Greek government drops plan to seek softer bailout terms
GREECE’S NEW government has dropped a plan to seek softer terms for its second bailout following warnings that it would be rejected by international lenders.
Greek finance minister Yannis Stournaras said the governing coalition would have to accelerate reforms before asking for modifications in a €174 billion programme agreed in February with the European Union and the International Monetary Fund.
“The programme is off-track and we can’t ask for anything from our creditors before we get it back on course,” Mr Stournaras told the Financial Times. “There is light at the end of the tunnel but it is a long tunnel.”
Greece’s change of tack came as EU and IMF officials visiting Athens this week echoed a statement by IMF managing director Christine Lagarde in a television interview that she was “not in a negotiations or renegotiations mood” on the Greek bailout.
The coalition partners – the conservatives and two left-of-centre parties – all pledged during recent election campaigns that Greece would seek an extension of the programme to ease the impact of almost five years of recession, with unemployment now above 21 per cent.
Yet centre-right Greek prime minister Antonis Samaras avoided any mention yesterday of a timetable change during his first meeting since taking office with officials from the so-called troika – the EU, IMF and European Central Bank – people with knowledge of the discussions said.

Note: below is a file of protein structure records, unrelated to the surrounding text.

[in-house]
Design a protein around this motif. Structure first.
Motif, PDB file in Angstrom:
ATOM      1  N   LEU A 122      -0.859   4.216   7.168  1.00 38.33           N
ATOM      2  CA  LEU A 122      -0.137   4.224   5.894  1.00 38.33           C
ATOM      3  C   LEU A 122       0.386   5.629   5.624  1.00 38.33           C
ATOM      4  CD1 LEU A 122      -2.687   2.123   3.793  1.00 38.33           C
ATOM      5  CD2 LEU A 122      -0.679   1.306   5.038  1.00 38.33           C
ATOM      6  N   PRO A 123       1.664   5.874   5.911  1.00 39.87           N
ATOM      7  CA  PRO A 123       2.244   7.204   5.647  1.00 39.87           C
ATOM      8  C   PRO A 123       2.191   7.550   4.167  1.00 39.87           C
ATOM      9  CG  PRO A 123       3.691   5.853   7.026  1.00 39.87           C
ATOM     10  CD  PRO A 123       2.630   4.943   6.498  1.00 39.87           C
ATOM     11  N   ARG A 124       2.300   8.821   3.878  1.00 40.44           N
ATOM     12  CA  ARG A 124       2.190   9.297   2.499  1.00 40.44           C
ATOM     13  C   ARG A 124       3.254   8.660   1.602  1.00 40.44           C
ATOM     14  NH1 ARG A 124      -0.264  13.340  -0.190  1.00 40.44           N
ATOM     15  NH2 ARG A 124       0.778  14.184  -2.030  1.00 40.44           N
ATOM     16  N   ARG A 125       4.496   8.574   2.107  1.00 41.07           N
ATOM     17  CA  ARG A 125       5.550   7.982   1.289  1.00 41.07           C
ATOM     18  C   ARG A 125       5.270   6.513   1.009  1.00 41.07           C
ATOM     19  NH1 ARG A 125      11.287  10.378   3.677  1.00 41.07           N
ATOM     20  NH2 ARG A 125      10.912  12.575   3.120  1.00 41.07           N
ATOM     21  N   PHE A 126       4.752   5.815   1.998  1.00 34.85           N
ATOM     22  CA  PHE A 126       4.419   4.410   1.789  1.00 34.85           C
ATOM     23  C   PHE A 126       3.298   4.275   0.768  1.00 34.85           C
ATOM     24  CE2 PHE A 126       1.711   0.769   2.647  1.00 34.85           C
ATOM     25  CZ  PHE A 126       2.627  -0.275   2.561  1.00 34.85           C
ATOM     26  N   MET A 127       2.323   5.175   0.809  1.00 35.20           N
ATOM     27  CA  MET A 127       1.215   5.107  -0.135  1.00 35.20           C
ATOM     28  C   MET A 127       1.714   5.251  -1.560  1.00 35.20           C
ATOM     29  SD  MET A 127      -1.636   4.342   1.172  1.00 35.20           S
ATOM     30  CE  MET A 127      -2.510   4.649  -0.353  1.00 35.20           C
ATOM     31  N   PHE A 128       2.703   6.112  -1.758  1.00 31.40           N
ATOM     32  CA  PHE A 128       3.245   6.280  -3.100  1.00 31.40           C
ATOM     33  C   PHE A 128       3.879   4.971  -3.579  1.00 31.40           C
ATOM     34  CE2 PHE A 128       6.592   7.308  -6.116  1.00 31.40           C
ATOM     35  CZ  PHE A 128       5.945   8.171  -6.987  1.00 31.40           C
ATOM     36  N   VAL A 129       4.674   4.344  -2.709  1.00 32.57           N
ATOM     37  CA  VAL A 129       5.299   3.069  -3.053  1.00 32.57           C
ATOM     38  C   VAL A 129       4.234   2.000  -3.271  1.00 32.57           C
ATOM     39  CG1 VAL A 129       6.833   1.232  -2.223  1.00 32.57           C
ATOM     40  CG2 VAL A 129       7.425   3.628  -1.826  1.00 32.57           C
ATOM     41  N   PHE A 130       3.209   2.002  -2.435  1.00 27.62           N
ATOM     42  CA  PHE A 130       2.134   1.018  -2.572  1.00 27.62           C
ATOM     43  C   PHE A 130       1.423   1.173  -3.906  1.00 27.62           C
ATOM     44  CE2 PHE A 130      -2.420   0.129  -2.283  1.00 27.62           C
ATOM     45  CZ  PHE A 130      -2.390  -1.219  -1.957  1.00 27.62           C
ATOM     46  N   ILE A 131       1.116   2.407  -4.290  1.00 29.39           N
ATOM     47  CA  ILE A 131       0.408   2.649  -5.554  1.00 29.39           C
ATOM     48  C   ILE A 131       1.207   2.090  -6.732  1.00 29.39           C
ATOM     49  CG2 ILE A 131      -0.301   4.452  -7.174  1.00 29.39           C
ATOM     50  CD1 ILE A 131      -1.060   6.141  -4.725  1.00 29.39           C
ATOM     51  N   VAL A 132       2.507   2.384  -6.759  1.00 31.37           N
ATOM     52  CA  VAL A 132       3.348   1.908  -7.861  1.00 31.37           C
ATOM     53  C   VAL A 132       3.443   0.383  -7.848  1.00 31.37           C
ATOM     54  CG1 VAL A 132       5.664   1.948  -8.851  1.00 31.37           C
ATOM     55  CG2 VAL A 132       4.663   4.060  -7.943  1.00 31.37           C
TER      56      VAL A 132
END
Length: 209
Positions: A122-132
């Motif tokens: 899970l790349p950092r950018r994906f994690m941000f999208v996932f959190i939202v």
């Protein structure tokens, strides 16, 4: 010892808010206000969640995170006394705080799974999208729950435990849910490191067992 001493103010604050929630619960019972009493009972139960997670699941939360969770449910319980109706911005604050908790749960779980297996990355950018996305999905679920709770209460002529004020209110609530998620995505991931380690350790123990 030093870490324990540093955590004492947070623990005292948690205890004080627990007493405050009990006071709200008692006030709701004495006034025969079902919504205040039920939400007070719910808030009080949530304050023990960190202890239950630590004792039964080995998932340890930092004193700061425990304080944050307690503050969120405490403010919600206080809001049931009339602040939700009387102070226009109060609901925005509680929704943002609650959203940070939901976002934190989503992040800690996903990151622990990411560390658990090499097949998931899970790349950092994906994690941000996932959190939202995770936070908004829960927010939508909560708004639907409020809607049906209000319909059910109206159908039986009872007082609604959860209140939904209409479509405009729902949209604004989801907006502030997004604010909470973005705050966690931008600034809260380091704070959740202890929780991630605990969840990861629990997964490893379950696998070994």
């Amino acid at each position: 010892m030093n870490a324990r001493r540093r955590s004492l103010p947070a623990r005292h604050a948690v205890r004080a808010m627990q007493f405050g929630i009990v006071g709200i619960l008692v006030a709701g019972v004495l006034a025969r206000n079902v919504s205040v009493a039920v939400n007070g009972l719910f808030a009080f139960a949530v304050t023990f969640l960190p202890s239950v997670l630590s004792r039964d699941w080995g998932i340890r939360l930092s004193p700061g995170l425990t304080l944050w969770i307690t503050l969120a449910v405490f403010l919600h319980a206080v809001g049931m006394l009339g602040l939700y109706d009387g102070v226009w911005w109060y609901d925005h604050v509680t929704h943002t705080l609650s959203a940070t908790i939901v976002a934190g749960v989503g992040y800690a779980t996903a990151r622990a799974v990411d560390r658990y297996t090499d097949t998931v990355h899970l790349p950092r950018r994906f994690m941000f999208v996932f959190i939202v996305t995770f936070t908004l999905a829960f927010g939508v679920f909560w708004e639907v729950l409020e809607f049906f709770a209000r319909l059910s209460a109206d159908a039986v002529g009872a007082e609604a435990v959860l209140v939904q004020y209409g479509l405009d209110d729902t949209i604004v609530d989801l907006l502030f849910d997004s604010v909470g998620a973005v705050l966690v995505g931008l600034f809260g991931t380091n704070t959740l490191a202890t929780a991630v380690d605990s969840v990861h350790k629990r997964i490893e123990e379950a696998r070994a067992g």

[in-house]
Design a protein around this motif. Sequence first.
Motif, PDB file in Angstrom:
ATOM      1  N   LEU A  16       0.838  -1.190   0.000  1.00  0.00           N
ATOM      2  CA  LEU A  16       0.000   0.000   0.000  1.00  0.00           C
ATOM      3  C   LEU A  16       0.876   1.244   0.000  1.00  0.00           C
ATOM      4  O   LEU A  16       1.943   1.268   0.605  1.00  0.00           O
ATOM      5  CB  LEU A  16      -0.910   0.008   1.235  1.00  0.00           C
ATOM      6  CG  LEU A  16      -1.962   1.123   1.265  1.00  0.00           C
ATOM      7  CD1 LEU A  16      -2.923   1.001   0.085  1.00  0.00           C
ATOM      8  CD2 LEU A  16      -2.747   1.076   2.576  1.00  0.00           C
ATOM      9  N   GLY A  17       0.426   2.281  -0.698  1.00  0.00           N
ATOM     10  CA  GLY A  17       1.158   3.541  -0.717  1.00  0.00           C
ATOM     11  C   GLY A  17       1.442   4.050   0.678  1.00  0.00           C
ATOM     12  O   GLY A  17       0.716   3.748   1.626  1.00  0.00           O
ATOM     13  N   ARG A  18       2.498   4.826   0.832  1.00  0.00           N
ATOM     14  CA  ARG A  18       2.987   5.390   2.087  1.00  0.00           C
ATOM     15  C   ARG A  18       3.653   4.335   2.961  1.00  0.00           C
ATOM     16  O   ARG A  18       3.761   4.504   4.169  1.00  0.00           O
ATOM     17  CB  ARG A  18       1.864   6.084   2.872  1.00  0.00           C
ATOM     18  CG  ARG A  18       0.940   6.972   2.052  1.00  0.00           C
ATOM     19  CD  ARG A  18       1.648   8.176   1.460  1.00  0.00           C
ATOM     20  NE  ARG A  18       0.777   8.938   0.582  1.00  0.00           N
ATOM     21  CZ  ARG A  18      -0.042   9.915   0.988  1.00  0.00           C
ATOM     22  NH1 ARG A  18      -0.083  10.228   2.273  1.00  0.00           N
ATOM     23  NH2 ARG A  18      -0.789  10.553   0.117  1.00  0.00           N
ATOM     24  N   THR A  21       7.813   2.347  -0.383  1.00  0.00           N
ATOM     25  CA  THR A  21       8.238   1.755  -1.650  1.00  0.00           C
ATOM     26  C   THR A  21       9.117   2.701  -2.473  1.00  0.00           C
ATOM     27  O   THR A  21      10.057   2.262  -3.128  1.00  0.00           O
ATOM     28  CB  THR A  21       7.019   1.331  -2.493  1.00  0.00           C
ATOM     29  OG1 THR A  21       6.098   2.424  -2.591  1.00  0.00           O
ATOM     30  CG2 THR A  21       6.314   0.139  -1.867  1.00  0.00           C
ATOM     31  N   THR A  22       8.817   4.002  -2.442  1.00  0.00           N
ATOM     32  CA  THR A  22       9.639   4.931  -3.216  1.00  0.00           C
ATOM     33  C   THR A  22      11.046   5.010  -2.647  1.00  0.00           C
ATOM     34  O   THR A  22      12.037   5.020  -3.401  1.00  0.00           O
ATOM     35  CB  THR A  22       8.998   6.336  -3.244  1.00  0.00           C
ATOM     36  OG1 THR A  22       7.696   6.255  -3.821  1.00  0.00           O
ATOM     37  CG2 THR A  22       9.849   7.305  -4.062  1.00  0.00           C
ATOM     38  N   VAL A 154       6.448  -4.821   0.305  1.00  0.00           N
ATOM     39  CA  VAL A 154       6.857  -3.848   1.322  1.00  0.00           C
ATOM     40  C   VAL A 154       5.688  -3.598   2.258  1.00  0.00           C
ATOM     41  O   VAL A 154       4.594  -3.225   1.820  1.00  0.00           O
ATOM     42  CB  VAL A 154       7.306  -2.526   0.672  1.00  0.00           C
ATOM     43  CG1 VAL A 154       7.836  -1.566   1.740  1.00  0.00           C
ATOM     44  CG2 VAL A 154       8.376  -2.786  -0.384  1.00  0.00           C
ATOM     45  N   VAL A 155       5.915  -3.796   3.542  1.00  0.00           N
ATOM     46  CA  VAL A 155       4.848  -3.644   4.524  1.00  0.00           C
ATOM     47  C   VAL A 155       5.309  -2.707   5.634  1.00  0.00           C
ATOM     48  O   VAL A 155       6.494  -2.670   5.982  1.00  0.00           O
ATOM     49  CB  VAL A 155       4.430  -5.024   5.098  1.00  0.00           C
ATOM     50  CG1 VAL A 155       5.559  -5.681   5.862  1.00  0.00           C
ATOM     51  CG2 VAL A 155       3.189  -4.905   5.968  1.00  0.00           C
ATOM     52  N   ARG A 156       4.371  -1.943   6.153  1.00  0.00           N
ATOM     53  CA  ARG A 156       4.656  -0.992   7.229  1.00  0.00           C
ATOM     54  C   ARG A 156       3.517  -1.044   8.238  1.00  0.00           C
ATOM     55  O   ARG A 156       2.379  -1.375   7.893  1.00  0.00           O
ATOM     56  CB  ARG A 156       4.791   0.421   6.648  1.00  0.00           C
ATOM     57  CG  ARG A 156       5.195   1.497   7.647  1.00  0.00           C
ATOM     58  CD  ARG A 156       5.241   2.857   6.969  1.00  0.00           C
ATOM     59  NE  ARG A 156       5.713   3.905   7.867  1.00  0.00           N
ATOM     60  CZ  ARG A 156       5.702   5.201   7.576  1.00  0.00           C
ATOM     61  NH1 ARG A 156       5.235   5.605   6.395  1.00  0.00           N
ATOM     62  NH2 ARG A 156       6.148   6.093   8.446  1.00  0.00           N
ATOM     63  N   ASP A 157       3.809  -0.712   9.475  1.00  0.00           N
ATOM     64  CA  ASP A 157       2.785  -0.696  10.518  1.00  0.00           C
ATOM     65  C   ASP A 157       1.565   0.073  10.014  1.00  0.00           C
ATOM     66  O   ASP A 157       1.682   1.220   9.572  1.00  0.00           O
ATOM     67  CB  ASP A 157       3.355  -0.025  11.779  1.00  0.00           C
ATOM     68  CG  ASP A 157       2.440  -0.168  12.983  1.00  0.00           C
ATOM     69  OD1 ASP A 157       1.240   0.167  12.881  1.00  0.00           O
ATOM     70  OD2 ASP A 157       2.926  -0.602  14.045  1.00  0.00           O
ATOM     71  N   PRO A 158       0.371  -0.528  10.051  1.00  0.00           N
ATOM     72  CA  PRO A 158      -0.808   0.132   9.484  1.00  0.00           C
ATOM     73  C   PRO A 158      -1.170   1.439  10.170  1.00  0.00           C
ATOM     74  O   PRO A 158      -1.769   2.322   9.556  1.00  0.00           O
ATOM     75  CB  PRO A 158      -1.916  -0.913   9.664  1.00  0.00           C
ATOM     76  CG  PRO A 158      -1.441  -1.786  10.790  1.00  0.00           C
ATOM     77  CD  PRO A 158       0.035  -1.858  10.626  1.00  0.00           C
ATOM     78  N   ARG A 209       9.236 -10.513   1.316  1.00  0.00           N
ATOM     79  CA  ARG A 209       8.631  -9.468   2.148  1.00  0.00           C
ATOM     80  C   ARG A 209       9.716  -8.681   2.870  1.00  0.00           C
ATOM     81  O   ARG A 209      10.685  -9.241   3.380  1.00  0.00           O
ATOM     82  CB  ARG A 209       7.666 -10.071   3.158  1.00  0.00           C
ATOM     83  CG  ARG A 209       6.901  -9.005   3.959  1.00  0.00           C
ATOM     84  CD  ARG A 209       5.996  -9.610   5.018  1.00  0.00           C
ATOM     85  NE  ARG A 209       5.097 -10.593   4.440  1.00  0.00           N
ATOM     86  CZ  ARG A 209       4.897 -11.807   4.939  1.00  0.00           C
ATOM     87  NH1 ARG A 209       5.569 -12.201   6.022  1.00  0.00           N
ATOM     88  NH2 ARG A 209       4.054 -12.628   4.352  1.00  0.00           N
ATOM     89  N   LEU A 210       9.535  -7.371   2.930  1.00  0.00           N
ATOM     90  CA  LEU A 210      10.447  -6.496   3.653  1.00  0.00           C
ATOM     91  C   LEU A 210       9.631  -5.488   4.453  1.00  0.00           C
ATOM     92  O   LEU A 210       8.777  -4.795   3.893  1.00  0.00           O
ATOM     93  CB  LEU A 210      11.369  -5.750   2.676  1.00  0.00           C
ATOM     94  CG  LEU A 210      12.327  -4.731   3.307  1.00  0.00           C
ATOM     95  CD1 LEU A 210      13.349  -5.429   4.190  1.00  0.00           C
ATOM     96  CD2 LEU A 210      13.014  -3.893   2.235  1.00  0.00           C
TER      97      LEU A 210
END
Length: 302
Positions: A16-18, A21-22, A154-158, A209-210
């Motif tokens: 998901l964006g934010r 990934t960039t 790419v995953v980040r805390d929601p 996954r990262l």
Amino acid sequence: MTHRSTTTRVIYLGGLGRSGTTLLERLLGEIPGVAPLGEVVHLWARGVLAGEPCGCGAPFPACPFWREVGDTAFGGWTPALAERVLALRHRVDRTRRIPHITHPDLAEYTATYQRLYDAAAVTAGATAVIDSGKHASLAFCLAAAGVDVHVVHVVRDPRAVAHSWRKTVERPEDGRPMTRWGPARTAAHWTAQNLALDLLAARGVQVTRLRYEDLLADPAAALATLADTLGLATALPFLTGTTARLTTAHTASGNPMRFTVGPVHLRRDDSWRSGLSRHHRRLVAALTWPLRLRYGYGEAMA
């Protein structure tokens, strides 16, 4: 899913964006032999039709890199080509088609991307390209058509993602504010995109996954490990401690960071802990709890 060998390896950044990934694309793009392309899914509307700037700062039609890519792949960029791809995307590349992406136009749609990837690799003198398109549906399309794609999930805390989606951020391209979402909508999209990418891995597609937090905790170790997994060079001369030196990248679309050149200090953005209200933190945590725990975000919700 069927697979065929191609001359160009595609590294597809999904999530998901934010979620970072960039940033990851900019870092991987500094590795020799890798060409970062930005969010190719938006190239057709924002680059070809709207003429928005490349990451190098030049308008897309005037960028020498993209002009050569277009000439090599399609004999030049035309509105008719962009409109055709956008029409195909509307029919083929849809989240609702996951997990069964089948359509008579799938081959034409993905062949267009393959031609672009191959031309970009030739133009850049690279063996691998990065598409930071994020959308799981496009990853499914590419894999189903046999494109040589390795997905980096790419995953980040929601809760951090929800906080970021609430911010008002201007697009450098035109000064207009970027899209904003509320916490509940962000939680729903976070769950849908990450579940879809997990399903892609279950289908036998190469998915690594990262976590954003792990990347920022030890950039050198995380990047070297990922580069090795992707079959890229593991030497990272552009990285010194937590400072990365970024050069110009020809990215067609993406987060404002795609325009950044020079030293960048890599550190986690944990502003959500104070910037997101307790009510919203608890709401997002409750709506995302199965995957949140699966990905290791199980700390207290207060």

“[Mr Samaras] stressed his commitment to accelerating structural reforms, especially privatisation, in order to turn the economy around and start creating jobs,” one person said.
“It went well; there was a good atmosphere,” another aide said.
An IMF official said: “We don’t have any comment on the talks at this point.”
Greek officials had been worried about the meeting given previous stormy sessions between Mr Samaras and the troika over the conservative leader’s opposition to the first Greek bailout in 2010 and his initial reluctance earlier this year to provide a letter backing the second programme.
The troika made clear that even though economic arguments could perhaps be made for extending the programme, Greece would then need extra bailout funding, which euro zone members could refuse to provide given the country’s lack of progress to date.
Greece has missed deadlines for key structural reforms – including an overhaul of the tax administration aimed at reducing high levels of tax evasion, estimated at about 5 per cent of national output – because of two general elections in the past two months. This year’s budget is already off-track despite improvements in controlling spending, as revenue shrank amid a collection slowdown during the election campaign and a deeper than forecast recession.
“The improvements are welcome but the overall picture is misleading,” said a finance ministry official, pointing out high levels of arrears owed to suppliers and a 25 per cent cut in the public investment budget in the first quarter.
After this week’s fact-finding mission by the EU and IMF, Greece will hold detailed negotiations at the end of this month to update the bailout programme.
Athens will come under pressure to reach a deal by early August or risk further delays in disbursement of a €4.2 billion loan tranche due last month, which was held back until a viable government was formed. – (Copyright The Financial Times Limited 2012)